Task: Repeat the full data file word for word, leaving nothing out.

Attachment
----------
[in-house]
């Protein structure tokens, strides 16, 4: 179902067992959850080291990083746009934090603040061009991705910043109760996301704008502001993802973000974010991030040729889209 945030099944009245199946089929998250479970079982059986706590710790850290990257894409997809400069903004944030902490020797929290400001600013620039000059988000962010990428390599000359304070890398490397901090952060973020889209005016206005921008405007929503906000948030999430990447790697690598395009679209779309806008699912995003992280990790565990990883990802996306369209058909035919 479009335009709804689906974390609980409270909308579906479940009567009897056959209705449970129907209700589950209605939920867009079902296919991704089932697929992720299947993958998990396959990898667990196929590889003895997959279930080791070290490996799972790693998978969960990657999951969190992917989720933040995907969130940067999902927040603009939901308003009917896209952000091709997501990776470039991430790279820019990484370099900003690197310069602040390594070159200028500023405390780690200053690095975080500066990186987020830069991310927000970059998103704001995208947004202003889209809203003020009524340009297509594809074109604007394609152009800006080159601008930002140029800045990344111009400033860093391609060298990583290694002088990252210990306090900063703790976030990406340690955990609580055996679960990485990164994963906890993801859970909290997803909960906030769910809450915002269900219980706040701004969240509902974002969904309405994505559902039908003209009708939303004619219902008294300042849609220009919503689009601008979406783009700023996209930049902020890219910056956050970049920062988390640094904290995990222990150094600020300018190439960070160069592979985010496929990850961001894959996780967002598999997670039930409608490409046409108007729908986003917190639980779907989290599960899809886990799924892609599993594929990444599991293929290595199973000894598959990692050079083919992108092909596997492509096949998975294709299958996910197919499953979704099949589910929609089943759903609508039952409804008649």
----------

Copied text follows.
[in-house]
């Protein structure tokens, strides 16, 4: 179902067992959850080291990083746009934090603040061009991705910043109760996301704008502001993802973000974010991030040729889209 945030099944009245199946089929998250479970079982059986706590710790850290990257894409997809400069903004944030902490020797929290400001600013620039000059988000962010990428390599000359304070890398490397901090952060973020889209005016206005921008405007929503906000948030999430990447790697690598395009679209779309806008699912995003992280990790565990990883990802996306369209058909035919 479009335009709804689906974390609980409270909308579906479940009567009897056959209705449970129907209700589950209605939920867009079902296919991704089932697929992720299947993958998990396959990898667990196929590889003895997959279930080791070290490996799972790693998978969960990657999951969190992917989720933040995907969130940067999902927040603009939901308003009917896209952000091709997501990776470039991430790279820019990484370099900003690197310069602040390594070159200028500023405390780690200053690095975080500066990186987020830069991310927000970059998103704001995208947004202003889209809203003020009524340009297509594809074109604007394609152009800006080159601008930002140029800045990344111009400033860093391609060298990583290694002088990252210990306090900063703790976030990406340690955990609580055996679960990485990164994963906890993801859970909290997803909960906030769910809450915002269900219980706040701004969240509902974002969904309405994505559902039908003209009708939303004619219902008294300042849609220009919503689009601008979406783009700023996209930049902020890219910056956050970049920062988390640094904290995990222990150094600020300018190439960070160069592979985010496929990850961001894959996780967002598999997670039930409608490409046409108007729908986003917190639980779907989290599960899809886990799924892609599993594929990444599991293929290595199973000894598959990692050079083919992108092909596997492509096949998975294709299958996910197919499953979704099949589910929609089943759903609508039952409804008649």